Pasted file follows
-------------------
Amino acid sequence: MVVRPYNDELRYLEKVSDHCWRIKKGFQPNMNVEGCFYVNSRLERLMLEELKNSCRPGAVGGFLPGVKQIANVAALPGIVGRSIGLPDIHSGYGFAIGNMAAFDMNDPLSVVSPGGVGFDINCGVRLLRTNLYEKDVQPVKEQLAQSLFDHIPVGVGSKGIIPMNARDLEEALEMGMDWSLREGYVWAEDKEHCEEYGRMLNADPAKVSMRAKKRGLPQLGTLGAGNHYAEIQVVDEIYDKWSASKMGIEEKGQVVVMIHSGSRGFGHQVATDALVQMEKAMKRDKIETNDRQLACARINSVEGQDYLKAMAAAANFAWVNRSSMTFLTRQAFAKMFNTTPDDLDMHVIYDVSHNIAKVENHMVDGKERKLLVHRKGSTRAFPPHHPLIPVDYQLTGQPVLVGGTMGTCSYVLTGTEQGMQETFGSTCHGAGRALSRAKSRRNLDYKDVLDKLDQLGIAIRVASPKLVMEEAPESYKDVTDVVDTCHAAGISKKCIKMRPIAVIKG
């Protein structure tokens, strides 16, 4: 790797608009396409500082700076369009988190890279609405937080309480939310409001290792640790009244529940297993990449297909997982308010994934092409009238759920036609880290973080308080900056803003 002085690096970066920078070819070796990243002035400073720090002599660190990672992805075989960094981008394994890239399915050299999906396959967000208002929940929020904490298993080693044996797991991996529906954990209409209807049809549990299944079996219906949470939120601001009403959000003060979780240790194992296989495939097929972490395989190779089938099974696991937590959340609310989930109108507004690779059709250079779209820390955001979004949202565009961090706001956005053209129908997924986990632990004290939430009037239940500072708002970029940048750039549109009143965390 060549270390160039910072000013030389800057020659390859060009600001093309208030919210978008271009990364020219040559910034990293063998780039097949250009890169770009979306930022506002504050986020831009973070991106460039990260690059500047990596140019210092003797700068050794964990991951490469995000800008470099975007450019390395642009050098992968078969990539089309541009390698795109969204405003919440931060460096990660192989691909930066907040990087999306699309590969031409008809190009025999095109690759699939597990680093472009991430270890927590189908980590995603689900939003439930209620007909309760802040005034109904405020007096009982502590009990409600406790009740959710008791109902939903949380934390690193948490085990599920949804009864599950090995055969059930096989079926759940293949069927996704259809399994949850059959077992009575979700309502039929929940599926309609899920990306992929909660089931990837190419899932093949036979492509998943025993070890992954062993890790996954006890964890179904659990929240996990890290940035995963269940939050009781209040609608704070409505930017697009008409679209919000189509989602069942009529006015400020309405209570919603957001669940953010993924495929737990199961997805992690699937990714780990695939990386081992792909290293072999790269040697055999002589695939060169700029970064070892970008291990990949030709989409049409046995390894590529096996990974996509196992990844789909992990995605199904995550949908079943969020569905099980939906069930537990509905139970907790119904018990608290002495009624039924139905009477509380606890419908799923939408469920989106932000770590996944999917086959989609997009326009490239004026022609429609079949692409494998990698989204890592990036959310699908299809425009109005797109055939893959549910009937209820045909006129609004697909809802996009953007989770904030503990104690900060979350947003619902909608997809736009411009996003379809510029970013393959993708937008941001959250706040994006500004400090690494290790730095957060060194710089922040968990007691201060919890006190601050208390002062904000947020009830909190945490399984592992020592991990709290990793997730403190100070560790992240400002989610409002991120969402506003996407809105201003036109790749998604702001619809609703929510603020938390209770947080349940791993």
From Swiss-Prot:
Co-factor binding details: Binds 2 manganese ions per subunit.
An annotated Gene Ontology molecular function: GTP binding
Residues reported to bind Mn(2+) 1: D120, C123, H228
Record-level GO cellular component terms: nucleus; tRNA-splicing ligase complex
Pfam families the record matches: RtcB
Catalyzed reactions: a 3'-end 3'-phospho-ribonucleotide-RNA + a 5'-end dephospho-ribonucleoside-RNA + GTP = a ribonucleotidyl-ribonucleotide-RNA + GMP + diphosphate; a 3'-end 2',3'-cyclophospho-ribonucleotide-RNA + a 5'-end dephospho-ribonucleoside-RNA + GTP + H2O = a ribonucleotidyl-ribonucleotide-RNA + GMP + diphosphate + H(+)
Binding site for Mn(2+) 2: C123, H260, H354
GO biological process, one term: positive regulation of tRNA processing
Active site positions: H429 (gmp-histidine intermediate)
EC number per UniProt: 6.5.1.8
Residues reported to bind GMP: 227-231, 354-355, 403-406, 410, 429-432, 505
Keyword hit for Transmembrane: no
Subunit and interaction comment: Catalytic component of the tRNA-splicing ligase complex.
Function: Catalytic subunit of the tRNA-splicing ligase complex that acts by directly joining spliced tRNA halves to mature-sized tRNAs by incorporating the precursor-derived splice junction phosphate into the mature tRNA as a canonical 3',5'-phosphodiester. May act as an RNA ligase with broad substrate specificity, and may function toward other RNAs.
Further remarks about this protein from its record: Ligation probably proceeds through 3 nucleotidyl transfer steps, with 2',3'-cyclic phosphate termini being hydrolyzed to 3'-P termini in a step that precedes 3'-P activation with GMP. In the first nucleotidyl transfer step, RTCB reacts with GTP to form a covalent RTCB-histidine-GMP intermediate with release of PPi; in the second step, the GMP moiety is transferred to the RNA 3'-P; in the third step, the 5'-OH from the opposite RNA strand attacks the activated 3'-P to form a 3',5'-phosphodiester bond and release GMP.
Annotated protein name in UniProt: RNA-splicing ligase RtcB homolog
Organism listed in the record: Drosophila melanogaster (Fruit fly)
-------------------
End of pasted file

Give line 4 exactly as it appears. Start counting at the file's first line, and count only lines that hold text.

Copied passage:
Co-factor binding details: Binds 2 manganese ions per subunit.